The Relationship of Sociology with Other Social Sciences
close and intimate relationship between Sociology and other social sciences. For our precise .. Of the four branches of anthropology, Sociology is the most. the increasingly intimate relationship be- tween sociology and anthropology. The in- fluence of anthropological methods, con- cepts, and even theories has. As a mother of social sciences Sociology has close and intimate relationship .. a very close and intimate relationship between Sociology and Anthropology.
Howard to remark that History is past Sociology, and Sociology is present History. But inspite of their close relationship the two subjects are distinct, i History is concrete and sociology is abstract.
There is much in history that has no direct relation to Sociology, while there is much in Sociology which is not in history.
The sociologist would try to find out the common aspects of the events recorded by historians and then to generalise, ii Sociology and History have different attitudes. History would deal with events in all their aspects while sociology would study them from the viewpoint of social relationship involved.
For example, the historians would describe a war, all the circumstances accompanied with it, while sociologists would try to understand a war as a social phenomenon.
They will study its impact on the lives of the people, their social institutions, etc. Sociology and Political Science: Sociology and political science have been very closely related to each other till recently. The two subjects have even now much in common. Political science is a branch of social science dealing with the principles of organisation and government of human society. In other words, Political Science deals with the social groups organised under the sovereign of the state.
It is rightly said that without the sociological background the study of political science will be incomplete. The forms of government, the nature of governmental organs, the laws and sphere of the state activity are determined by the social process. The special study of political life of the society is indispensable for the complete study of the society as a whole.
According to Comte and Spencer, there is no difference whatsoever between the two. Catlin has remarked that political science and sociology are two facets or aspects of the same figure. In the opinion of F. Eminent sociologists like Durkheim, Malinowski, Parsons, Spencer, Mertons, Max Weber and Leryhaix made important contributions in the field of political science.
Political Sociology is an inter-disciplinary science which seeks to combine sociological and political approaches. The two subjects are, however, different from each other. The scope of Sociology is much wider than that of Political Science.
Political Science studies the state and government only, whereas sociology studies all the social institutions. Sociology being the science of society it deals with man in all his associated processes, while Political Science being the science of the political society is concerned with only one form of human association. Political science is a special science. Political organisation is a special kind of social organisation and that is why political science is a special science while sociology is a general science.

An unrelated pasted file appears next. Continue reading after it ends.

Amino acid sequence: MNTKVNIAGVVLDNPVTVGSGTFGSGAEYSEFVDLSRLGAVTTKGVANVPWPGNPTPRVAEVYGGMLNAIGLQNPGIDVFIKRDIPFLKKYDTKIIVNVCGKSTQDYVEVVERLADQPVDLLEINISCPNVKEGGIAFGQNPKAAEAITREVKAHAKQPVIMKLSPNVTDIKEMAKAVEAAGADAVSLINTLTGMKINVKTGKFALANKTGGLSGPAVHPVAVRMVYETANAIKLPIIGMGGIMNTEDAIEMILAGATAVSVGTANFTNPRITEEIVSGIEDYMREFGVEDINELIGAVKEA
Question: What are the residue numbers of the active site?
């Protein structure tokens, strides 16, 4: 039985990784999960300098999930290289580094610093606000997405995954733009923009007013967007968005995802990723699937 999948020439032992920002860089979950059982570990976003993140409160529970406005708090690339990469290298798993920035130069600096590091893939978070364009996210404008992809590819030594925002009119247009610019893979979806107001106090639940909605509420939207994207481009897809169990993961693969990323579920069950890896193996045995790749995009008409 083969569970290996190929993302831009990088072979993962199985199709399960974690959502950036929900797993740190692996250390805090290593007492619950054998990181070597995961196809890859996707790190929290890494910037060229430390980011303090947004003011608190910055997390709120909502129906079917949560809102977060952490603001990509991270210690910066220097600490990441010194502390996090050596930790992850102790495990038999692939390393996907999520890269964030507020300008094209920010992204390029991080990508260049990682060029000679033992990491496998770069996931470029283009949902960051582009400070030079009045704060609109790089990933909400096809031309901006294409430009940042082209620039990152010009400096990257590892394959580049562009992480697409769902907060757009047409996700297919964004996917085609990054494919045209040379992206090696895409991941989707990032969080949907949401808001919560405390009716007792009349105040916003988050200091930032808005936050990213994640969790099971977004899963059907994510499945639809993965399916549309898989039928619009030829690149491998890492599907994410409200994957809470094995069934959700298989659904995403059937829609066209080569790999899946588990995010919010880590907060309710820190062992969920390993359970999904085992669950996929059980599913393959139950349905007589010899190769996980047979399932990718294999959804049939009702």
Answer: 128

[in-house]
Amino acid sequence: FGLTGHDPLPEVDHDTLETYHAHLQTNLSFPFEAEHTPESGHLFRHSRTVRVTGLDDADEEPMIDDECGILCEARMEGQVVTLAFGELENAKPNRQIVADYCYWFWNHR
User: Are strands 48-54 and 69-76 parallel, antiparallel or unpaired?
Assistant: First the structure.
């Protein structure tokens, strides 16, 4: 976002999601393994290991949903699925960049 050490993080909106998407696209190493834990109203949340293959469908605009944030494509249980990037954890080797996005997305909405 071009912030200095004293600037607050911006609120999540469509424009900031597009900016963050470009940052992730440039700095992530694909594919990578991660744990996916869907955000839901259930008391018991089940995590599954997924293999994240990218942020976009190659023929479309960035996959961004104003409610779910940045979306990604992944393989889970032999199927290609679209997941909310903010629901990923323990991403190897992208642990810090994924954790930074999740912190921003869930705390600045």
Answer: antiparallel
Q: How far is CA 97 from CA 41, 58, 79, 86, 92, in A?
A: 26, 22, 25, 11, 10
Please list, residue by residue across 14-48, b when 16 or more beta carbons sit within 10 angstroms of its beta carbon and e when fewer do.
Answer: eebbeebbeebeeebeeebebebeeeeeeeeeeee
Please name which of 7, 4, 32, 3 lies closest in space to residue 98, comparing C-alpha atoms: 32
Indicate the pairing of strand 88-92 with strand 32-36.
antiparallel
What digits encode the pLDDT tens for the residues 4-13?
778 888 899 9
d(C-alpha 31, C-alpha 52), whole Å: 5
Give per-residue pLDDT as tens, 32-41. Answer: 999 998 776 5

Political Science deals with organised communities only. Sociology deals with both organised and unorganised communities whereas Political Science is concerned only with organised communities.
As such sociology is prior to Political Science. Unlike Political Science which treats only conscious activities of man, sociology treats unconscious activities of man also. Political Science starts with the assumption that man is a political being; sociology goes behind this assumption and tries to explain how and why man became a political being.
Sociology and Anthropology lie so close together that they often appear as two names for the same field of enquiry. Thus according to its etymological meaning, Anthropology is the study of man as such that is a study of the development of human race.
Anthropology has thus a very wide field of study. Anthropology has been divided into three divisions: Anthropology thus devotes its attention entirely to the study of man and his culture as they developed in times long past. Sociology, on the other hand, studies the same phenomena as they exist at present. In fact the historical part of Sociology is identical with Cultural Anthropology. Anthropology has contributed substantially to the study of Sociology.
Sociology has to depend upon Anthropology to understand the present day social phenomena from our knowledge of the past. Sociology has borrowed cultural area, cultural traits, interdependent traits, cultural lag and other conceptions from social anthropology on whose basis cultural sociology has developed.
The discoveries of Linton and Kardiner have influenced sociology in no small degree. From their researches it is evident that each society has its own culture and the personality of its members is moulded according to it in their infancy.
Likewise the research done by Malinowski has proved valuable to sociology. He has given a functional view point to the study of culture.